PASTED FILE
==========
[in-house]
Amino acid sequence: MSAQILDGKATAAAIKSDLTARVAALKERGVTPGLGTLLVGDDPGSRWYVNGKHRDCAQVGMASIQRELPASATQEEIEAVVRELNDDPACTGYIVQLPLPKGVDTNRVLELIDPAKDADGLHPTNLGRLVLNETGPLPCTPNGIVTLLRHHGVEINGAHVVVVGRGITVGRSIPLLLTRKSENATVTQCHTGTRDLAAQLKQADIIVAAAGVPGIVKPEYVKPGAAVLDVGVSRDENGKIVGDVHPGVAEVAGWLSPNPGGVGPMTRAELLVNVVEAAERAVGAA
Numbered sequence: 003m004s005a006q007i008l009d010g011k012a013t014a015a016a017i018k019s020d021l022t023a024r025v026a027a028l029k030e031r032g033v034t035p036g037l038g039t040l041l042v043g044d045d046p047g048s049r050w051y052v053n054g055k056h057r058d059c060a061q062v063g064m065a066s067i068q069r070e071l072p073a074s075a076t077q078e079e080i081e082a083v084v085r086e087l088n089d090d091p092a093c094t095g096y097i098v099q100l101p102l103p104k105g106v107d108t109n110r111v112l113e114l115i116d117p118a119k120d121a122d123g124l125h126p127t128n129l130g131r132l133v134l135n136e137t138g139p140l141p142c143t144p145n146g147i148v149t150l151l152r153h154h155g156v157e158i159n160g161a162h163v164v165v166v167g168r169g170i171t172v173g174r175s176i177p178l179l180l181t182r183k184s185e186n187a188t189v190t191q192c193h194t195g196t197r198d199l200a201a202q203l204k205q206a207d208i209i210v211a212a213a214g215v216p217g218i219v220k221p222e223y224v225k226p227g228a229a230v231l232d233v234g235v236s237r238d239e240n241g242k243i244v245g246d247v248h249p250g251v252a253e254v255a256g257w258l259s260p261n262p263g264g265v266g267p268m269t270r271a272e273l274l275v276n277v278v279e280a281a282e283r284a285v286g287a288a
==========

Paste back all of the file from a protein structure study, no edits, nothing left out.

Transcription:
[in-house]
Amino acid sequence: MSAQILDGKATAAAIKSDLTARVAALKERGVTPGLGTLLVGDDPGSRWYVNGKHRDCAQVGMASIQRELPASATQEEIEAVVRELNDDPACTGYIVQLPLPKGVDTNRVLELIDPAKDADGLHPTNLGRLVLNETGPLPCTPNGIVTLLRHHGVEINGAHVVVVGRGITVGRSIPLLLTRKSENATVTQCHTGTRDLAAQLKQADIIVAAAGVPGIVKPEYVKPGAAVLDVGVSRDENGKIVGDVHPGVAEVAGWLSPNPGGVGPMTRAELLVNVVEAAERAVGAA
Numbered sequence: 003m004s005a006q007i008l009d010g011k012a013t014a015a016a017i018k019s020d021l022t023a024r025v026a027a028l029k030e031r032g033v034t035p036g037l038g039t040l041l042v043g044d045d046p047g048s049r050w051y052v053n054g055k056h057r058d059c060a061q062v063g064m065a066s067i068q069r070e071l072p073a074s075a076t077q078e079e080i081e082a083v084v085r086e087l088n089d090d091p092a093c094t095g096y097i098v099q100l101p102l103p104k105g106v107d108t109n110r111v112l113e114l115i116d117p118a119k120d121a122d123g124l125h126p127t128n129l130g131r132l133v134l135n136e137t138g139p140l141p142c143t144p145n146g147i148v149t150l151l152r153h154h155g156v157e158i159n160g161a162h163v164v165v166v167g168r169g170i171t172v173g174r175s176i177p178l179l180l181t182r183k184s185e186n187a188t189v190t191q192c193h194t195g196t197r198d199l200a201a202q203l204k205q206a207d208i209i210v211a212a213a214g215v216p217g218i219v220k221p222e223y224v225k226p227g228a229a230v231l232d233v234g235v236s237r238d239e240n241g242k243i244v245g246d247v248h249p250g251v252a253e254v255a256g257w258l259s260p261n262p263g264g265v266g267p268m269t270r271a272e273l274l275v276n277v278v279e280a281a282e283r284a285v286g287a288a